It is known that Shostakovich wrote mostly in his head, that the only noise that bothered him was the barking of dogs. But, as Barnes observed, “he didn’t believe in autobiography, didn’t believe in powerful anecdotes about the creative process. Also, there are certain impertinences in making a real person a fictional person – but I felt it would be too impertinent to try, from my point of view, to imagine what it would be like when he made those artistic-musical decisions.”
The Noise of Time, he argued, is finally less about “whether this symphony was an improvement on that symphony. It’s not about the inner musical self; it’s about the inner spiritual self and how an artist being confronted by power works that out on a day-to-day basis.”
Barnes admitted that from time to time he does “envy” art forms other than writing. “One of the things you envy about, say, painters is: There is the picture on the wall; there are people standing in front of it, taking it all in in one go. It’s unlike reading a novel on an airplane, say, then setting it aside and picking it up on the beach and so on and so forth. Then again, if you had a work sitting or hanging obscured in a gallery and saw people walking past your picture and not looking at it, that would be disheartening.”
Still, reading the elegantly phrased belletristic essays on Edgar Degas, Henri Fantin-Latour and Édouard Vuillard in Keeping an Eye Open, one doesn’t sense that Barnes wishes he could have been a painter rather than a writer. He agreed that that is the case – albeit to a point. “I am a novelist and a long-looker who comes to art. I’m not adding to the academic discussion with Keeping an Eye Open. I’m saying, ‘This is how it strikes me; what do you think?’ It’s meant to be a companionable book.”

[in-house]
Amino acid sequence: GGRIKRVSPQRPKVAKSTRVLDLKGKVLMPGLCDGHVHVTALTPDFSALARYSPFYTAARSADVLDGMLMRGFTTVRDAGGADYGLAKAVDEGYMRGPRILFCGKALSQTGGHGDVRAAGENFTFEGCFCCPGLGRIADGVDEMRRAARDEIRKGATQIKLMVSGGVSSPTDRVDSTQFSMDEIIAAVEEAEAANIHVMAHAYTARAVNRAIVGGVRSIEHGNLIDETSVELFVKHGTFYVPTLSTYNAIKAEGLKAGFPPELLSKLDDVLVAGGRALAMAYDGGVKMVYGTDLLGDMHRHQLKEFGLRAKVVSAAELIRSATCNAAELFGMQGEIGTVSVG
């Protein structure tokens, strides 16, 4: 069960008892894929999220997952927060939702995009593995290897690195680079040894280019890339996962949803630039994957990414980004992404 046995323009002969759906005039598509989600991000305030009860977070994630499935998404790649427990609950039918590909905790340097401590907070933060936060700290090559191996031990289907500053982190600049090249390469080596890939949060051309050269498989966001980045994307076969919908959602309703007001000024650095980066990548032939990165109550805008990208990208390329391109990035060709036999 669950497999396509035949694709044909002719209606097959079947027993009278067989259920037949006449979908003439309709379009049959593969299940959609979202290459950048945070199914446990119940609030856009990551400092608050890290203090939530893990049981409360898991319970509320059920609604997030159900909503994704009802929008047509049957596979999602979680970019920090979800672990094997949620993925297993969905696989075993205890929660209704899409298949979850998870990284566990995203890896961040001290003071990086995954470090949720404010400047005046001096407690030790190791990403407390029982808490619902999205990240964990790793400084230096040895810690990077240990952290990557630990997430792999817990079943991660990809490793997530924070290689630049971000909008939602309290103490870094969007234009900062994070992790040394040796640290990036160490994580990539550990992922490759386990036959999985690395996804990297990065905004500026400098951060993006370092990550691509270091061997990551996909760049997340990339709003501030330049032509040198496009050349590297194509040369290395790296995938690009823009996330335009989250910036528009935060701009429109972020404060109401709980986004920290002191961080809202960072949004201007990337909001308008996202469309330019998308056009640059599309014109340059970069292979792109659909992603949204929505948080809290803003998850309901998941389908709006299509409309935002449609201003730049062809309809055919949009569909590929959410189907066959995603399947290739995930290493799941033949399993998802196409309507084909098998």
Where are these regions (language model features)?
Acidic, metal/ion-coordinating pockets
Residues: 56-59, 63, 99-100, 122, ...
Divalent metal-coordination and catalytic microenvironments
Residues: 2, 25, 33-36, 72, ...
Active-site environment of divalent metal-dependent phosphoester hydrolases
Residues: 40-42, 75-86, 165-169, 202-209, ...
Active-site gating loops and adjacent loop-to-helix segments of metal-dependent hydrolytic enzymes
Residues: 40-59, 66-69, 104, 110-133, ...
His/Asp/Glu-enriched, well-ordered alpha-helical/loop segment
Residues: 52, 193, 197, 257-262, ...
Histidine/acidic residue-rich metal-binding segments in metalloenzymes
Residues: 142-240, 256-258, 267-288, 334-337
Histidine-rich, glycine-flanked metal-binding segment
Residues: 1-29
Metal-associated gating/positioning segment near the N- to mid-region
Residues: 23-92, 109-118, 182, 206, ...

In the meantime, Barnes’s open eye has led him into the realm of art curation. He is currently helping to prepare an exhibition of about 70 works by Swiss post-impressionist Félix Vallotton (1865-1925), set to bow at the Royal Academy in London in 2019. Barnes calls Vallotton “deeply underrated,” even as his paintings “range from high quality to fierce awfulness,” and deserving of a higher international profile.
Of course, there’s no guarantee that, even with the Barnes imprimatur, Vallotton will enjoy a revaluation upward. As Barnes has his Shostakovich muse at one point, only if the art is “strong and true and pure enough” can it possibly “drown out the noise of time” and become “the whisper of history.”Report Typo/Error